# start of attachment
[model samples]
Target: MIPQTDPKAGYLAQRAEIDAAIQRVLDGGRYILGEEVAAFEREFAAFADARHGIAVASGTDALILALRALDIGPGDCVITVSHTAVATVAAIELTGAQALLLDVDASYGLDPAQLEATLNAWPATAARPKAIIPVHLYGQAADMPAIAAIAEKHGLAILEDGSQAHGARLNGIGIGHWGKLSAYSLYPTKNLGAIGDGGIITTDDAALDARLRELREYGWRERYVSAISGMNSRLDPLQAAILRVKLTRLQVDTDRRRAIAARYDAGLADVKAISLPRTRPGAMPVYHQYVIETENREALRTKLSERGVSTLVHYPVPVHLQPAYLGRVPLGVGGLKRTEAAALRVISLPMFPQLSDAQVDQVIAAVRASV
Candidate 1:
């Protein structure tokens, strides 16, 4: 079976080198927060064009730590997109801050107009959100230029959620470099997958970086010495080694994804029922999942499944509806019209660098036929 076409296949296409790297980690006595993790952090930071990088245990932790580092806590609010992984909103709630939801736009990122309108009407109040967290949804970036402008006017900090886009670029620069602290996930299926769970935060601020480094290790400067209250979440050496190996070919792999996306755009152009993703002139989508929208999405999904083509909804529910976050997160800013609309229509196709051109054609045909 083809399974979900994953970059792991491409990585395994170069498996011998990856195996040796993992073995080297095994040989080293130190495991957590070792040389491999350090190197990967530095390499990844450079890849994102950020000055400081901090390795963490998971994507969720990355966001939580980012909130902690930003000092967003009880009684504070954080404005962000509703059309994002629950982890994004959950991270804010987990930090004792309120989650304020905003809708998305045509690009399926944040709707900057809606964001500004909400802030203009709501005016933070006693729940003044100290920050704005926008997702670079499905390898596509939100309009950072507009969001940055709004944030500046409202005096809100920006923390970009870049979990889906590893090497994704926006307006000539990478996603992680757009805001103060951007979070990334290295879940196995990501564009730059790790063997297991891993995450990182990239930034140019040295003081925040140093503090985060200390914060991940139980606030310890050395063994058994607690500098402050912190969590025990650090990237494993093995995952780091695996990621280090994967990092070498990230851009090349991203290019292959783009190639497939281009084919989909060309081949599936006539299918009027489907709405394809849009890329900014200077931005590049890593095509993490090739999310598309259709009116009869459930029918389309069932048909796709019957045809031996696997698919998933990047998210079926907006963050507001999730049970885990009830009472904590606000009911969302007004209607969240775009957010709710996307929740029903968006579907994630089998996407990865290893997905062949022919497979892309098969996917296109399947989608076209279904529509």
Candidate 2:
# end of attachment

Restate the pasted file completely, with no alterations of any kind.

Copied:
[model samples]
Target: MIPQTDPKAGYLAQRAEIDAAIQRVLDGGRYILGEEVAAFEREFAAFADARHGIAVASGTDALILALRALDIGPGDCVITVSHTAVATVAAIELTGAQALLLDVDASYGLDPAQLEATLNAWPATAARPKAIIPVHLYGQAADMPAIAAIAEKHGLAILEDGSQAHGARLNGIGIGHWGKLSAYSLYPTKNLGAIGDGGIITTDDAALDARLRELREYGWRERYVSAISGMNSRLDPLQAAILRVKLTRLQVDTDRRRAIAARYDAGLADVKAISLPRTRPGAMPVYHQYVIETENREALRTKLSERGVSTLVHYPVPVHLQPAYLGRVPLGVGGLKRTEAAALRVISLPMFPQLSDAQVDQVIAAVRASV
Candidate 1:
């Protein structure tokens, strides 16, 4: 079976080198927060064009730590997109801050107009959100230029959620470099997958970086010495080694994804029922999942499944509806019209660098036929 076409296949296409790297980690006595993790952090930071990088245990932790580092806590609010992984909103709630939801736009990122309108009407109040967290949804970036402008006017900090886009670029620069602290996930299926769970935060601020480094290790400067209250979440050496190996070919792999996306755009152009993703002139989508929208999405999904083509909804529910976050997160800013609309229509196709051109054609045909 083809399974979900994953970059792991491409990585395994170069498996011998990856195996040796993992073995080297095994040989080293130190495991957590070792040389491999350090190197990967530095390499990844450079890849994102950020000055400081901090390795963490998971994507969720990355966001939580980012909130902690930003000092967003009880009684504070954080404005962000509703059309994002629950982890994004959950991270804010987990930090004792309120989650304020905003809708998305045509690009399926944040709707900057809606964001500004909400802030203009709501005016933070006693729940003044100290920050704005926008997702670079499905390898596509939100309009950072507009969001940055709004944030500046409202005096809100920006923390970009870049979990889906590893090497994704926006307006000539990478996603992680757009805001103060951007979070990334290295879940196995990501564009730059790790063997297991891993995450990182990239930034140019040295003081925040140093503090985060200390914060991940139980606030310890050395063994058994607690500098402050912190969590025990650090990237494993093995995952780091695996990621280090994967990092070498990230851009090349991203290019292959783009190639497939281009084919989909060309081949599936006539299918009027489907709405394809849009890329900014200077931005590049890593095509993490090739999310598309259709009116009869459930029918389309069932048909796709019957045809031996696997698919998933990047998210079926907006963050507001999730049970885990009830009472904590606000009911969302007004209607969240775009957010709710996307929740029903968006579907994630089998996407990865290893997905062949022919497979892309098969996917296109399947989608076209279904529509």
Candidate 2: